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At least four separate outbreaks of food poisoning at Chipotle sickened over 500 people with Salmonella, Norovirus, and E. coli in late 2015. At least seven lawsuits have been filed by victims of the outbreaks.
January 15, 2016 – On Feb. 8, Chipotle plans to close all its restaurants for a few hours so that employees can listen to Chipotle executives lay out everything they know about the E. coli outbreak and what they’re doing to ensure it doesn’t recur.
Chipotle already has said its new food-safety steps include testing ingredients for pathogens at the farm level, and cutting and washing ingredients such as lettuce and tomatoes at a central kitchen.
More than 140 Boston College students have reported norovirus symptoms after eating at Chipotle in Cleveland Circle, reports boston.com. The Boston Public Health Commission said Wednesday that laboratory testing had confirmed the presence of norovirus. Additional testing came back negative for E. Coli.
Norovirus is spread can be spread by infected people, contaminated food or water, or by touching contaminate surfaces, according to the Centers for Disease Control and Prevention. In response to the outbreak, Boston College issued an email to students with tips about caring for the infected, as well as a plan the university has taken, which includes doubled cleaning efforts and closed self-services areas in dining halls, such as salad bars. The dining halls will also have “flu buddy packs” available that the students can purchase.
City inspectors closed the Boston College Chipotle “until further notice” after reporting three critical health violations after inspection. The three violations include (1) an employee coming to work sick, (2) chicken and steak on the service line being held at 128 degrees, not the required 140 degrees, (3) and multiple reports of food-borne illness from the location.
At least 17 Chipotle restaurants in Minnesota have been linked to a Salmonella outbreak that sickened at least 45 people and sent five to the hospital. Investigators with the Minnesota Department of Health have stated that tomatoes were the cause of the outbreak and that they have already been swapped out from all other Chipotle restaurants in the state.
Interviews with 34 of those sickened found that 32 ate at Chipotle’s in the Twin Cities, St. Cloud or Rochester. The known cases involved people who dined between Aug. 16 and Aug. 26, and became sick between Aug. 20 and Aug. 29.
Salmonella infections may cause diarrhea, stomach pains and fever, which typically last 5 to 7 days. About one in four cases requires hospitalization. The Health Department listed the following Chipotle restaurants linked to the outbreak: 7 Corners (Minneapolis), Bloomington, Calhoun, Crystal, Hopkins, Maple Grove, Maplewood, Minnetonka, Richfield, Ridgedale, Rochester, Shoreview, St. Cloud, St. Louis Park, St. Paul Lawson, Uptown, and U.S. Bank Plaza (Minneapolis).
December 21, 2015 – The Center for Disease Control (CDC) has opened an investigation into another Chipotle outbreak that has sickened five people in the states of Kansas (1), North Dakota (1), and Oklahoma (3). All of the victims reported to have ate at Chipotle before getting sick. The illnesses are said to have occurred between November 18th and 26th.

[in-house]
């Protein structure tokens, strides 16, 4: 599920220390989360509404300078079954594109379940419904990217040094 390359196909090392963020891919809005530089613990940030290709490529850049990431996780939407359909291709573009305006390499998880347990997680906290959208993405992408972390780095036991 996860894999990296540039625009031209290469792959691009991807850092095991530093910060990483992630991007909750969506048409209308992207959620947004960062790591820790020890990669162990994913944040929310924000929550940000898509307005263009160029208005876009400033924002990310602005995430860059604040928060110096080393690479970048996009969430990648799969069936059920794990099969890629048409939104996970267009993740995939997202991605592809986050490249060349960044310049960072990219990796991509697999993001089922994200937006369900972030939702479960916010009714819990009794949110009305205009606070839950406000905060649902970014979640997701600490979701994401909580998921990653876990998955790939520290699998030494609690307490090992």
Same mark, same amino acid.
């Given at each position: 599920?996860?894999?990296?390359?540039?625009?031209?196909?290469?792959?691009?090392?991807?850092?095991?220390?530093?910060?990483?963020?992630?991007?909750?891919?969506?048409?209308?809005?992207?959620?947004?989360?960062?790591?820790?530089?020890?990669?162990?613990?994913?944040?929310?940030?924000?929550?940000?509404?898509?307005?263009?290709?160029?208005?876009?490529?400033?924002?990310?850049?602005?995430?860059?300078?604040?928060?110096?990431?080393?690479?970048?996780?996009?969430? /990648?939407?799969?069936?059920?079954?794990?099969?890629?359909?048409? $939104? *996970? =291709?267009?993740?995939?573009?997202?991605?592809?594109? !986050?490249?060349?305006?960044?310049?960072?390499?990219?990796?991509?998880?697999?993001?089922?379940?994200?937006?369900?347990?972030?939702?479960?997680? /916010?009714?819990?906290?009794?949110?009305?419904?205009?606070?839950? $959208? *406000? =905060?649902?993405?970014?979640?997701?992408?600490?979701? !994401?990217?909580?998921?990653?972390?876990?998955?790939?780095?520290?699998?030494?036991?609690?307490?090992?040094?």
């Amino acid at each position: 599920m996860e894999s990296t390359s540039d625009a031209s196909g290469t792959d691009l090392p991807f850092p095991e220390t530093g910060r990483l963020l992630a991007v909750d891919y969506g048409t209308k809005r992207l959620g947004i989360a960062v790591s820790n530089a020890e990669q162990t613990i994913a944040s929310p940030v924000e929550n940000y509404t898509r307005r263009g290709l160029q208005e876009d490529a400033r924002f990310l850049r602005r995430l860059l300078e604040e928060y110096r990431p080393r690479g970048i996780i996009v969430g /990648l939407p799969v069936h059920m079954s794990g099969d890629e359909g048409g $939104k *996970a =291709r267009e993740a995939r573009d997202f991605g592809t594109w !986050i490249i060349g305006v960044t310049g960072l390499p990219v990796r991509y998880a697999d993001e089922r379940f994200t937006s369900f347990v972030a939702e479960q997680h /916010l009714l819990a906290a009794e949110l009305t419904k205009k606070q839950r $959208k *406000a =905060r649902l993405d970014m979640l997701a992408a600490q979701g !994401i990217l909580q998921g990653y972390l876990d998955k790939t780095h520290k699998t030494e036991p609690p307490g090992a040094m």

“One of the major reasons people went to Chipotle was because the food was good and good for you. The food came from places that were nearby and far away. Chipotle represented this strange gray area where health-conscious food could be mass produced.” – read more from this blog post by Wade Abed.
December 18, 2015 – The CDC issued an update reporting seven more illnesses, which brings the total to 53 infections in nine states throughout the country: California (3), Illinois (1), Maryland (1), Minnesota (2), New York (1), Ohio (3), Oregon (13), Pennsylvania (2), and Washington state (27).
Highlights – 20 ill people have been hospitalized. There have been no reports of hemolytic uremic syndrome and no deaths. The majority of illnesses have been reported from Washington and Oregon during October 2015. Evidence available at this time suggests that a common meal item or ingredient served at Chipotle restaurants in several states is likely the source of this outbreak. The investigation has not identified what specific food is linked to the outbreak. 88% of 52 ill people interviewed reported eating at a Chipotle restaurant in the week before their illness started. Chipotle temporarily closed 43 restaurants in Washington and Oregon for cleaning in mid-October.
An outbreak of Norovirus at a Chipotle restaurant located in Simi Valley, California has sickened at least 80 customers and 18 employees in late 2015. The restaurant closed for cleaning and infected employees were not allowed to work. The Ventura County Environmental Health Division issued a report on the outbreak, warning: “Norovirus is a very contagious virus. You can get norovirus from an infected person, contaminated food or water, or by touching contaminated surfaces. The virus causes your stomach or intestines or both to get inflamed (acute gastroenteritis). This leads to stomach pain, nausea, diarrhea and vomiting.”
If you or somebody you know has been diagnosed with food poisoning after eating at Chipotle, contact us at Knutson+Casey immediately for a free consultation. We accept cases in all 50 states.